Federal program gets tough on gun laws
A new federal program in Northern Nevada promises to get tough on felons with firearms by moving their prosecutions from local to federal courtrooms.
In the next few weeks, the Bureau of Alcohol, Tobacco and Firearms will implement Project Effect in an effort to boost jail time and minimize early release for felons who violate weapons laws, said ATF spokeswoman Marty McKie.
An agreement with local courts will provide easier movement of suspects from county to federal jurisdiction.
“Federal sentencing guidelines for these crimes is stiffer because of enhancement penalties,” she said. “Sometimes state sentences can’t provide the same level of punishment.”
Enhancement refers to an additional penalty for violating the restrictions of a felon’s probation. Locally, these cases have to be tried separately from additional criminal charges.
Earlier this week, James Amondo Watkins, 22, of Sacramento, was arrested on a district court warrant for the alleged Jan. 9 kidnapping of a Carson City man. Two other men, Sam Grim, 18, of Reno, and Thomas Jefferson, 27, of San Francisco, pleaded guilty to lesser charges Tuesday before Interim Judge John Ray in Carson City Justice Court.
Anticipating the federal arrest, Deputy District Attorney David Morandi dropped local charges against Watkins.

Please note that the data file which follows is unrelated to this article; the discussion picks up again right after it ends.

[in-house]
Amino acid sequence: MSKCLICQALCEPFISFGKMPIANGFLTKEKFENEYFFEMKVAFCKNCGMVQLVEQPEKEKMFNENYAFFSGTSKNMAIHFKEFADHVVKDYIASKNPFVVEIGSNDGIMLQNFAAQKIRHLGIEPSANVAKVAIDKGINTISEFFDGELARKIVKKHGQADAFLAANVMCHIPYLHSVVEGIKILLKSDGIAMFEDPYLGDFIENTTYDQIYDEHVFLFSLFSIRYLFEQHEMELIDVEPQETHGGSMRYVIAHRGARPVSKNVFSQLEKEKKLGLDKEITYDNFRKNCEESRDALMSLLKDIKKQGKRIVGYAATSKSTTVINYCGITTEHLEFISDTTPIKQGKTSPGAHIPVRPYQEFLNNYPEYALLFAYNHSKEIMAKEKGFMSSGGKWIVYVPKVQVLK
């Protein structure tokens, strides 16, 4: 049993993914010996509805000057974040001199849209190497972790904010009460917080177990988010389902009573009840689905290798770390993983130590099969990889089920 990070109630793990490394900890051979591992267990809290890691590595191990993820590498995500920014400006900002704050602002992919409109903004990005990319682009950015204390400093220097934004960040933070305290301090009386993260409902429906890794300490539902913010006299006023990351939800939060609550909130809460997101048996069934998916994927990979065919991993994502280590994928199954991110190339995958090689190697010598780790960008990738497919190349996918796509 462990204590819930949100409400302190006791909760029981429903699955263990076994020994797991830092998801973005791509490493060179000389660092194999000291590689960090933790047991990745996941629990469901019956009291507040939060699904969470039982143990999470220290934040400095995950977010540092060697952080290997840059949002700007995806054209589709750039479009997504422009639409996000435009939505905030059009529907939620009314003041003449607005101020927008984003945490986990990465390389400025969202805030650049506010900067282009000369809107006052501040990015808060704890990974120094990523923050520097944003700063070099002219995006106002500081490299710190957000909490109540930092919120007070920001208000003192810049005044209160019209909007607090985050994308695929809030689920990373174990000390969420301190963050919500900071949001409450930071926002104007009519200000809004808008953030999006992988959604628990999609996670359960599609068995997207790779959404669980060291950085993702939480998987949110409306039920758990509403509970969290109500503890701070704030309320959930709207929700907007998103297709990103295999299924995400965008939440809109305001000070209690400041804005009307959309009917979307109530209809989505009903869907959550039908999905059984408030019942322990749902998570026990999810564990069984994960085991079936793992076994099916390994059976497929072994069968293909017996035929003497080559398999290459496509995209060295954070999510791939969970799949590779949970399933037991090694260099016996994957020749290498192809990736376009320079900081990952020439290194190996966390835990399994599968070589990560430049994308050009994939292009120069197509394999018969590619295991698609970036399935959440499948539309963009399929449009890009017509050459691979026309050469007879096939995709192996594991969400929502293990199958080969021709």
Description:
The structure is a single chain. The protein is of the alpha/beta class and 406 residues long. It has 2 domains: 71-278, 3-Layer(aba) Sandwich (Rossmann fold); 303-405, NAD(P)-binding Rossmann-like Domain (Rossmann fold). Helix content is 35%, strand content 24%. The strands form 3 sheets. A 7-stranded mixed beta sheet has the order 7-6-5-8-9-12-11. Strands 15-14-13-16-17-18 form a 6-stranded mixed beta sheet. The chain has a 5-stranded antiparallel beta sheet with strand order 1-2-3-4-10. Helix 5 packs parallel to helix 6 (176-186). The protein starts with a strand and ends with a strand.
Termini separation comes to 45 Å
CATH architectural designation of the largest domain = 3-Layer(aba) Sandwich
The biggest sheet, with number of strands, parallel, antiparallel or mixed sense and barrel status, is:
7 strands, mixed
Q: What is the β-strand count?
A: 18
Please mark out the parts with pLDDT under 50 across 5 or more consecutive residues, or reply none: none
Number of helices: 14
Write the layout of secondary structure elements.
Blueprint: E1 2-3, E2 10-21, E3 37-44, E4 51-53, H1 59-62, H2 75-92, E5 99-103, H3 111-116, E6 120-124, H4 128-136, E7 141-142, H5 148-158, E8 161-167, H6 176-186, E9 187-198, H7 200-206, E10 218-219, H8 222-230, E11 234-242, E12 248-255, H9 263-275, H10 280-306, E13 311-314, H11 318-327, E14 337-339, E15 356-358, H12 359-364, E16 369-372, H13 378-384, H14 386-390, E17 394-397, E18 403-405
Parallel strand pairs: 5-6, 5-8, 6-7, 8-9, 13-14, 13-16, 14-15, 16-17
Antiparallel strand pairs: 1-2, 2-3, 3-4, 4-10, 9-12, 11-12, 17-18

Watkins faces a potential 10-year sentence in federal prison if convicted in U.S. District Court. He is the first person arrested in Carson City to be moved to federal jurisdiction.
Early release is also an issue of consideration in choosing a venue for prosecution, said Carson City Chief Deputy District Attorney Anne Langer. She said state prison allows time reduction of up to one-third of a prisoner’s time, while the maximum a federal prisoner’s time can be reduced is 55 days a year.
Processing suspected weapons violators will also help government efforts to trace guns and investigate “spinoff” cases, McKie said.
“It may be that they are more willing to give information if they have that enhancement penalty hanging over their head,” he said.
McKie said that similar programs, particularly in eastern states, have netted a substantial number of drug-related prosecutions. The program has been in place almost three years.
The Effect (Ex-Felon plus Firearms Equals Conviction Time) program has been in Las Vegas and southern Nevada since March of last year. During that time, more than 100 cases have been opened and 78 alleged weapons violators have been indicted, said First Assistant U.S. Attorney Howard Zlotnick.
“We want to get the word out that people shouldn’t be carrying guns if they are criminals,” he said. “The DAs that we work with all have the common goal of getting criminals off the street.”
In metropolitan areas such as Oakland and San Francisco, ATF agents and sheriff’s deputies share office space, working together to expedite prosecutions.
A potential side benefit to this type of prosecution is a reduction in gang activity in the prison system, McKie said.
“A higher percentage of felons with gang affiliation go to a prison that’s not within geographic proximity to where they live,” she said. “If you’re looking at a network of criminals, you have to take people out of that network.”
McKie said ATF agents and officials from the U.S. Attorney’s Office will officially kick off the new program with a ceremony slated for the next few weeks.